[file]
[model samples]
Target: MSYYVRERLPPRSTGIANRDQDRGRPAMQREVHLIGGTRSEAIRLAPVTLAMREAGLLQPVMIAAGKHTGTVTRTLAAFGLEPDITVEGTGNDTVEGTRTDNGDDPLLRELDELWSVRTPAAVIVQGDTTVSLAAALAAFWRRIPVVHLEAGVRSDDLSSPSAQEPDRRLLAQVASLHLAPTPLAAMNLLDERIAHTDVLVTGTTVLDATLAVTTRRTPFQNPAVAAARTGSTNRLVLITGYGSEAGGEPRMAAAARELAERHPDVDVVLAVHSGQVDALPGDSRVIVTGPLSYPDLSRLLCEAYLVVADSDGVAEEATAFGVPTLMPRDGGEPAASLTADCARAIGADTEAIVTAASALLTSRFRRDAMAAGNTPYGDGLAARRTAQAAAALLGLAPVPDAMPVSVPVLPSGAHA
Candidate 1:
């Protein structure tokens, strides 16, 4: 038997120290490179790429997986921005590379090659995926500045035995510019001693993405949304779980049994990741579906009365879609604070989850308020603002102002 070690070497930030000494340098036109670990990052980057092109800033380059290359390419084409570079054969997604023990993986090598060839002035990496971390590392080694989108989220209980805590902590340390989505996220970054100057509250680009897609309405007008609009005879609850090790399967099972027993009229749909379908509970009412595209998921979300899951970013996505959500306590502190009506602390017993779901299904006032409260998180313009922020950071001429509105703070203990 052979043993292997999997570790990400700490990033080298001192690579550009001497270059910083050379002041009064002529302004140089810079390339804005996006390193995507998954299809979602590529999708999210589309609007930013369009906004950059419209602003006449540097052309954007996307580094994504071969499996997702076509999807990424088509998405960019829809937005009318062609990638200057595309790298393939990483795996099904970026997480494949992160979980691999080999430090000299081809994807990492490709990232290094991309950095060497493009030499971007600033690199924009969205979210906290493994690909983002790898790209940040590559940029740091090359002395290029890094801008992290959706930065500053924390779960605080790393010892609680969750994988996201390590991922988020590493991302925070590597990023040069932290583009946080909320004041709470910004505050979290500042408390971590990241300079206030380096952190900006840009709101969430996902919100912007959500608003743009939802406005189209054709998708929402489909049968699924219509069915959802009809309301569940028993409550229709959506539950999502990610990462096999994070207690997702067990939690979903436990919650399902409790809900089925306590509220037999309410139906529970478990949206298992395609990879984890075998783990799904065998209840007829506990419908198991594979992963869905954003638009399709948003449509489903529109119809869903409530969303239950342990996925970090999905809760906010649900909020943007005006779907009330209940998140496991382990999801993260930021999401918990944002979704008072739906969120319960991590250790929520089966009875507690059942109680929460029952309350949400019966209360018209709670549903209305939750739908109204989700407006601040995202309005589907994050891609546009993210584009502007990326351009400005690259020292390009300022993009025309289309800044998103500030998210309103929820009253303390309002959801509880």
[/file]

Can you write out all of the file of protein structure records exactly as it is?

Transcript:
[model samples]
Target: MSYYVRERLPPRSTGIANRDQDRGRPAMQREVHLIGGTRSEAIRLAPVTLAMREAGLLQPVMIAAGKHTGTVTRTLAAFGLEPDITVEGTGNDTVEGTRTDNGDDPLLRELDELWSVRTPAAVIVQGDTTVSLAAALAAFWRRIPVVHLEAGVRSDDLSSPSAQEPDRRLLAQVASLHLAPTPLAAMNLLDERIAHTDVLVTGTTVLDATLAVTTRRTPFQNPAVAAARTGSTNRLVLITGYGSEAGGEPRMAAAARELAERHPDVDVVLAVHSGQVDALPGDSRVIVTGPLSYPDLSRLLCEAYLVVADSDGVAEEATAFGVPTLMPRDGGEPAASLTADCARAIGADTEAIVTAASALLTSRFRRDAMAAGNTPYGDGLAARRTAQAAAALLGLAPVPDAMPVSVPVLPSGAHA
Candidate 1:
């Protein structure tokens, strides 16, 4: 038997120290490179790429997986921005590379090659995926500045035995510019001693993405949304779980049994990741579906009365879609604070989850308020603002102002 070690070497930030000494340098036109670990990052980057092109800033380059290359390419084409570079054969997604023990993986090598060839002035990496971390590392080694989108989220209980805590902590340390989505996220970054100057509250680009897609309405007008609009005879609850090790399967099972027993009229749909379908509970009412595209998921979300899951970013996505959500306590502190009506602390017993779901299904006032409260998180313009922020950071001429509105703070203990 052979043993292997999997570790990400700490990033080298001192690579550009001497270059910083050379002041009064002529302004140089810079390339804005996006390193995507998954299809979602590529999708999210589309609007930013369009906004950059419209602003006449540097052309954007996307580094994504071969499996997702076509999807990424088509998405960019829809937005009318062609990638200057595309790298393939990483795996099904970026997480494949992160979980691999080999430090000299081809994807990492490709990232290094991309950095060497493009030499971007600033690199924009969205979210906290493994690909983002790898790209940040590559940029740091090359002395290029890094801008992290959706930065500053924390779960605080790393010892609680969750994988996201390590991922988020590493991302925070590597990023040069932290583009946080909320004041709470910004505050979290500042408390971590990241300079206030380096952190900006840009709101969430996902919100912007959500608003743009939802406005189209054709998708929402489909049968699924219509069915959802009809309301569940028993409550229709959506539950999502990610990462096999994070207690997702067990939690979903436990919650399902409790809900089925306590509220037999309410139906529970478990949206298992395609990879984890075998783990799904065998209840007829506990419908198991594979992963869905954003638009399709948003449509489903529109119809869903409530969303239950342990996925970090999905809760906010649900909020943007005006779907009330209940998140496991382990999801993260930021999401918990944002979704008072739906969120319960991590250790929520089966009875507690059942109680929460029952309350949400019966209360018209709670549903209305939750739908109204989700407006601040995202309005589907994050891609546009993210584009502007990326351009400005690259020292390009300022993009025309289309800044998103500030998210309103929820009253303390309002959801509880």